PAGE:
Pakistan narrowly avoided turning a political stand-off into a full-blown constitutional crisis this week (see the ever-useful POMED roundup), not least due to the critical role played by civil society, especially the independent lawyers’ movement.
But the settlement of the crisis does not address the underlying political volatility, economic impoverishment, and deepening social alienation that threaten the country’s fragile democracy. Some 73% of Pakistanis considered themselves worse off than the previous year and 59% expected things to get worse, according to an International Republican Institute opinion poll conducted late last year.
It has been suggested that the Obama administration’s strategic reassessment on Pakistan and Afghanistan may deemphasize democracy assistance and economic development while prioritizing military build-up and security efforts.
Reassuringly, Bruce O. Riedel, the chairman of the administration’s “Af-Pak” policy review, has affirmed that Pakistan’s representative government and civil society need to be reinforced if the country’s democrats are to squeeze jihadi culture out of the political system.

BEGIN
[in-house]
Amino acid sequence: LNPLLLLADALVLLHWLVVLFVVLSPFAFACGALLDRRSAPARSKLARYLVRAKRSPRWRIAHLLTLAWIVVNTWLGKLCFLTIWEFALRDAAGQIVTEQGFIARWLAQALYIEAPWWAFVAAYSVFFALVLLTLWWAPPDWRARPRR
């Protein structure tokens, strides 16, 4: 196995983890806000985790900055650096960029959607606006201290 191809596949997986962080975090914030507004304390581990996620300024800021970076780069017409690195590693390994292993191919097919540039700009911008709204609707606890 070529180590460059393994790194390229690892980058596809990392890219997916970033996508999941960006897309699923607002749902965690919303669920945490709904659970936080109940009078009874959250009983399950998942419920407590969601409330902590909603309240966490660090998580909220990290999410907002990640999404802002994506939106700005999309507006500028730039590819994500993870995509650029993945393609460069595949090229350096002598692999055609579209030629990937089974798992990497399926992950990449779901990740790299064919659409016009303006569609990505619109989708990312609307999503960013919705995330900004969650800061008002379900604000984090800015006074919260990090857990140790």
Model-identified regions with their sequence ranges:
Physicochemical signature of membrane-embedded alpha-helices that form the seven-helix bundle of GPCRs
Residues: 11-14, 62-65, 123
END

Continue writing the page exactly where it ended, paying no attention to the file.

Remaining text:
The lawyers’ movement has been described as “perhaps the only liberal, modernist, utterly non-violent, peaceful, tolerant, democratic, plural and hugely popular movement“ in the Islamic world. It proved to be a key player in Pakistan’s civic majority that is emerging as a better bulwark against Talibanization than any military strongman, according to former State Department analyst Dan Twining:
The United States should welcome the role of a vibrant civil society in Pakistan that advocates the same goals — freedom of the judiciary, freedom of speech, and checks and balances on political power, which characterize all constitutional democracies. U.S. policy toward Pakistan, including assistance programs, should focus on strengthening Pakistan’s civic institutions, particularly the educational and judicial systems, to empower the country’s moderate majority.